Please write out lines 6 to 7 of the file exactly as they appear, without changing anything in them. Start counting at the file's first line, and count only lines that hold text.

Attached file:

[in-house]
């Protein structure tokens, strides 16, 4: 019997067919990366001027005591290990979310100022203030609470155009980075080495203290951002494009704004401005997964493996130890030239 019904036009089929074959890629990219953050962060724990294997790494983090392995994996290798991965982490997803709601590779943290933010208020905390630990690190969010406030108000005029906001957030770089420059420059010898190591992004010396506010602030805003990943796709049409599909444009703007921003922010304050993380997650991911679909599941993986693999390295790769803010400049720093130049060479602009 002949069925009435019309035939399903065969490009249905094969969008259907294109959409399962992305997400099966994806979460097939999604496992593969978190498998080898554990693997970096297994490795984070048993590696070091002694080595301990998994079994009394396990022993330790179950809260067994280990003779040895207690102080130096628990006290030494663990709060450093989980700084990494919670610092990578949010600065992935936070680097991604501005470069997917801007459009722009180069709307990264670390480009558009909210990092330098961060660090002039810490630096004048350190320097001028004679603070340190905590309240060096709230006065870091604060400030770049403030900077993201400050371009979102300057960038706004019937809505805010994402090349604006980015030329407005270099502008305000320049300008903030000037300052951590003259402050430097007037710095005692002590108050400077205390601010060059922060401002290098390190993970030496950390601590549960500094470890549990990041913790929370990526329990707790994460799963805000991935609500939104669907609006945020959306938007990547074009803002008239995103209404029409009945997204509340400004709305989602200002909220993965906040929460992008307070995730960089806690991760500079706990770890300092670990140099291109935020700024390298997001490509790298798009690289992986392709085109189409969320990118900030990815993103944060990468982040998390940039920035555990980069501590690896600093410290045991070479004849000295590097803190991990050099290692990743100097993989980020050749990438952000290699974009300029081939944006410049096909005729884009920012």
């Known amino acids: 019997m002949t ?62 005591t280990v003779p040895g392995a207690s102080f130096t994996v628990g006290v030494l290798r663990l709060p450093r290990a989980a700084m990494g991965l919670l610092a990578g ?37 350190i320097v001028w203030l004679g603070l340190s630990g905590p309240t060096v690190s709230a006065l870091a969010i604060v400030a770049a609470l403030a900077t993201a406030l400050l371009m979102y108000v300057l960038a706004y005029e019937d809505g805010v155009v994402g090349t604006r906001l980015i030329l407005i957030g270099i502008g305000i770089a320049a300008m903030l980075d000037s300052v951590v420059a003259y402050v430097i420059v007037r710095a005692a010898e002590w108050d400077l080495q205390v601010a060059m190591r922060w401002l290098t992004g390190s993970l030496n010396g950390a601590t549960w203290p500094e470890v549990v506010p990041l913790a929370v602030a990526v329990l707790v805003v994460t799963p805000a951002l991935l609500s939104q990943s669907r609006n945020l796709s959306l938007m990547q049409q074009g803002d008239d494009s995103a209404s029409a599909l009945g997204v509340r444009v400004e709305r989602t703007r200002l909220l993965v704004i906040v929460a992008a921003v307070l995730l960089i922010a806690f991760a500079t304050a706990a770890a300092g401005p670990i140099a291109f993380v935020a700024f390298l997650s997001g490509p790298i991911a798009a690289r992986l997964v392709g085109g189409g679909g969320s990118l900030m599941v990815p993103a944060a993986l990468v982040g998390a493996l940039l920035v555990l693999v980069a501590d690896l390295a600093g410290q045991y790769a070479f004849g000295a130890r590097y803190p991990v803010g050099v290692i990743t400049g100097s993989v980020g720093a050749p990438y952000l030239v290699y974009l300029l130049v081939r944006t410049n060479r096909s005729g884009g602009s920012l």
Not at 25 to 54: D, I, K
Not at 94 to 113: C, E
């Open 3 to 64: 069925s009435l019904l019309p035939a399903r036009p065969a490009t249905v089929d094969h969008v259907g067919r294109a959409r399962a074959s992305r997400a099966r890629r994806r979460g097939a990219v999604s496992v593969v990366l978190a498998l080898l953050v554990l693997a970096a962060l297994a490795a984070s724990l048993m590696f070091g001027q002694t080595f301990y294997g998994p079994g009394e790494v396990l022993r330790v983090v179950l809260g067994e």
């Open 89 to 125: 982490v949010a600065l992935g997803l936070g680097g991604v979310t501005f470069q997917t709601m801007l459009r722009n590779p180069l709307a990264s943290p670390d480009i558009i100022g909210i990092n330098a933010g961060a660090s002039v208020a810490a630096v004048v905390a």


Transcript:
């Open 3 to 64: 069925s009435l019904l019309p035939a399903r036009p065969a490009t249905v089929d094969h969008v259907g067919r294109a959409r399962a074959s992305r997400a099966r890629r994806r979460g097939a990219v999604s496992v593969v990366l978190a498998l080898l953050v554990l693997a970096a962060l297994a490795a984070s724990l048993m590696f070091g001027q002694t080595f301990y294997g998994p079994g009394e790494v396990l022993r330790v983090v179950l809260g067994e």
């Open 89 to 125: 982490v949010a600065l992935g997803l936070g680097g991604v979310t501005f470069q997917t709601m801007l459009r722009n590779p180069l709307a990264s943290p670390d480009i558009i100022g909210i990092n330098a933010g961060a660090s002039v208020a810490a630096v004048v905390a």